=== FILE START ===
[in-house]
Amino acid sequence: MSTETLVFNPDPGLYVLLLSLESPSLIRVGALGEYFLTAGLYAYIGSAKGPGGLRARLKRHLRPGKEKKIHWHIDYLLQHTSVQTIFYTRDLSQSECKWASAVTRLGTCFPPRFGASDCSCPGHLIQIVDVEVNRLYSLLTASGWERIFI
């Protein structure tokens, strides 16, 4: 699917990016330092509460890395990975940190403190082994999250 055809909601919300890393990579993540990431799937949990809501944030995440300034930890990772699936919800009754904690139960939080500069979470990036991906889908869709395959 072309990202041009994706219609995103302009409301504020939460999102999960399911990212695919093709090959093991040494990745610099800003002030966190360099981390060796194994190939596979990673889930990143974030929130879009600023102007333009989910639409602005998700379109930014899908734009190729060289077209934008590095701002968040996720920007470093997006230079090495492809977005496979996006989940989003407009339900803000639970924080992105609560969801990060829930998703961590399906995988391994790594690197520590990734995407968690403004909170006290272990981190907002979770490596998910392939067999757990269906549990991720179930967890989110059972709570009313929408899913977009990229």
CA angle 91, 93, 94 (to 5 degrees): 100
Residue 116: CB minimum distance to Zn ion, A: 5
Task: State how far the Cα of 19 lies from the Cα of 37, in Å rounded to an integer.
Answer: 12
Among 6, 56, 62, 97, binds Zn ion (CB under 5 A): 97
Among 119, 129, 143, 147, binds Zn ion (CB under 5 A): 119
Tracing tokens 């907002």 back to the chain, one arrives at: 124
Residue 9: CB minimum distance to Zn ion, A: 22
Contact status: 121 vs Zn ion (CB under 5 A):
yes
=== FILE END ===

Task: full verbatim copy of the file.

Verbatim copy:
[in-house]
Amino acid sequence: MSTETLVFNPDPGLYVLLLSLESPSLIRVGALGEYFLTAGLYAYIGSAKGPGGLRARLKRHLRPGKEKKIHWHIDYLLQHTSVQTIFYTRDLSQSECKWASAVTRLGTCFPPRFGASDCSCPGHLIQIVDVEVNRLYSLLTASGWERIFI
């Protein structure tokens, strides 16, 4: 699917990016330092509460890395990975940190403190082994999250 055809909601919300890393990579993540990431799937949990809501944030995440300034930890990772699936919800009754904690139960939080500069979470990036991906889908869709395959 072309990202041009994706219609995103302009409301504020939460999102999960399911990212695919093709090959093991040494990745610099800003002030966190360099981390060796194994190939596979990673889930990143974030929130879009600023102007333009989910639409602005998700379109930014899908734009190729060289077209934008590095701002968040996720920007470093997006230079090495492809977005496979996006989940989003407009339900803000639970924080992105609560969801990060829930998703961590399906995988391994790594690197520590990734995407968690403004909170006290272990981190907002979770490596998910392939067999757990269906549990991720179930967890989110059972709570009313929408899913977009990229």
CA angle 91, 93, 94 (to 5 degrees): 100
Residue 116: CB minimum distance to Zn ion, A: 5
Task: State how far the Cα of 19 lies from the Cα of 37, in Å rounded to an integer.
Answer: 12
Among 6, 56, 62, 97, binds Zn ion (CB under 5 A): 97
Among 119, 129, 143, 147, binds Zn ion (CB under 5 A): 119
Tracing tokens 């907002």 back to the chain, one arrives at: 124
Residue 9: CB minimum distance to Zn ion, A: 22
Contact status: 121 vs Zn ion (CB under 5 A):
yes